Read/watch MPH’s full commentary:  Serena Williams, it’s never good to blame a rape survivor

3. I’ve decided to start counting calories… This has always felt like such a stressful venture, but I came across this great blog, Black Girls Guide To Weight-loss, that has a “calorie counting” series that actually makes it look doable. I’ll keep you posted!

4. [Pre-counting-calories. lol] On Saturday I spent the day in Harlem with my African ladies, and for dinner we went to one of my favorite spots, African American Best Food, a Senegalese restaurant. This place is not fancy at all, but you go for the food and the price! I’ve never been disappointed.

5. I had the best conversation with a Haitian guy, on my way home, late Thursday night. I was at 14th Street waiting for a train expected to arrive in 20 mins, and this cute guy sits next to me. He asks me how long I’d been waiting, and we commiserated on how ridiculous the trains are. We then waited and rode the train into Brooklyn together, talking about everything from the newest NBA champions, to our favorite TV shows (his being, American Idol – lol), to the similarities between our native countries. He asked me for my card and  gave me his. <– Good news. Bad news –> He waited to text me the following night at 1:38am, saying quote: “Hey happy sat r u up?……just got home and thought about you..” —> Um… really?!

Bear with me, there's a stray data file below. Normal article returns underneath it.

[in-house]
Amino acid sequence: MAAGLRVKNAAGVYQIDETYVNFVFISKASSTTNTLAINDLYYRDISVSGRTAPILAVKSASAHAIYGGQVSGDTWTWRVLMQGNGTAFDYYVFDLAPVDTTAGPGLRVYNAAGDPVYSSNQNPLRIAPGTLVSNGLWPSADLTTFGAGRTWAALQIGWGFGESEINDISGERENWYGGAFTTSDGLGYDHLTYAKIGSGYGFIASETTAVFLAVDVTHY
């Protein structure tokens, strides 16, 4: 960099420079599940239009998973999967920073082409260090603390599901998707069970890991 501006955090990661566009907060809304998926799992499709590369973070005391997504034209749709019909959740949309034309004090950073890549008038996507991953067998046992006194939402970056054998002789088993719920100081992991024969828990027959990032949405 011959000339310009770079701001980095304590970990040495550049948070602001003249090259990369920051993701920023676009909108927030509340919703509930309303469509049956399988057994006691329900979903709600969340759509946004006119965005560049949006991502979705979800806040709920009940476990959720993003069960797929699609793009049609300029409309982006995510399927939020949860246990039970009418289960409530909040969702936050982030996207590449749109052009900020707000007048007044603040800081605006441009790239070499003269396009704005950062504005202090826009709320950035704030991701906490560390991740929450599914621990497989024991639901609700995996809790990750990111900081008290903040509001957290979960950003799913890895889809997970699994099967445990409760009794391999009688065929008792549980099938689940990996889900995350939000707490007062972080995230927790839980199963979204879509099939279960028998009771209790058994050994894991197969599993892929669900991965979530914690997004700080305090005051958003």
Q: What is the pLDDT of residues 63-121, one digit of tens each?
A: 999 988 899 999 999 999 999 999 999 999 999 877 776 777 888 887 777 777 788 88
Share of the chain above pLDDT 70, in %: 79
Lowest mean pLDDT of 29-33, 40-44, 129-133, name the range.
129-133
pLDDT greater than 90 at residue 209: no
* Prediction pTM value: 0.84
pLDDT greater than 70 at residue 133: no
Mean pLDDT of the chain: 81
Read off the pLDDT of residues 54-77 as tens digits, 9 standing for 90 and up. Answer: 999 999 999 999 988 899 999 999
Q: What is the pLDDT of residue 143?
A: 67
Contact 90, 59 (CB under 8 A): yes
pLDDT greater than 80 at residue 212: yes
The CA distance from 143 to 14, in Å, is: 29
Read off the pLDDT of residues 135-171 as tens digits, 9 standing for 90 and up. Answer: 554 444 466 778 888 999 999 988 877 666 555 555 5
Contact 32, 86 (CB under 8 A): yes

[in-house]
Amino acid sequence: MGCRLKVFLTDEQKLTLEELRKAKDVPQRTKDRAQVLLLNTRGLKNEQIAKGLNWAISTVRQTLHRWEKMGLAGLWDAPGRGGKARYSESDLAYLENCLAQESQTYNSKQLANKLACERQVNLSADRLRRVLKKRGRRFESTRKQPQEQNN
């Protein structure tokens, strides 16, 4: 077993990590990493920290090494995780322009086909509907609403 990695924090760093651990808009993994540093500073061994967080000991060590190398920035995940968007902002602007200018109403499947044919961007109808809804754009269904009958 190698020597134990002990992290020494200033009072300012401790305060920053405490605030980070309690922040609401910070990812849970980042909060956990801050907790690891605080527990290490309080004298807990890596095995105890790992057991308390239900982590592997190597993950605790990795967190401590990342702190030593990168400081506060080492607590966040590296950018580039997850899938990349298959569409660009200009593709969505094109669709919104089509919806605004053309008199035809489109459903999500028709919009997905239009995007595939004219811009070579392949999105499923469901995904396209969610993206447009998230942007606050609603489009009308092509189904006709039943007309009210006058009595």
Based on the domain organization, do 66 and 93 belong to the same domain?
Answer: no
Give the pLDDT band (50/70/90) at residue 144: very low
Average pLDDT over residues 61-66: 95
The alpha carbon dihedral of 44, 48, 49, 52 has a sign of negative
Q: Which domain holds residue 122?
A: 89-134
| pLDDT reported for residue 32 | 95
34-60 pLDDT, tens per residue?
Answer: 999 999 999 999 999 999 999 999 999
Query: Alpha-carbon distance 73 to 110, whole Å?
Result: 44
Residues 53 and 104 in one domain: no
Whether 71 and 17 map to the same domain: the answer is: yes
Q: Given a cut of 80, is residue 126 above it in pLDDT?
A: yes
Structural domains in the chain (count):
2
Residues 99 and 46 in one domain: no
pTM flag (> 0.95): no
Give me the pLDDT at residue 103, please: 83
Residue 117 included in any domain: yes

Is it me or isn’t there a universal-social-contract that bans people from texting after hours when they’re a) not only interested in sex b) crazy c) a respectful-kinda-guy/gal…? Any-who, it was a great conversation into Brooklyn.

6. Missing my access to, OWN, may be my only incentive to get cable again. Tonight I missed two “must-see-TV” moments… “Oprah’s Next Chapter: African American Women in Hollywood,” featuring (L to R below) Viola Davis, Gabrielle Union, Phylicia Rashad and Alfre Woodard. And right after that they premiered “Dark Girls,” a documentary that explores the prejudices that dark-skinned women face throughout the world. –Anyone DVR these??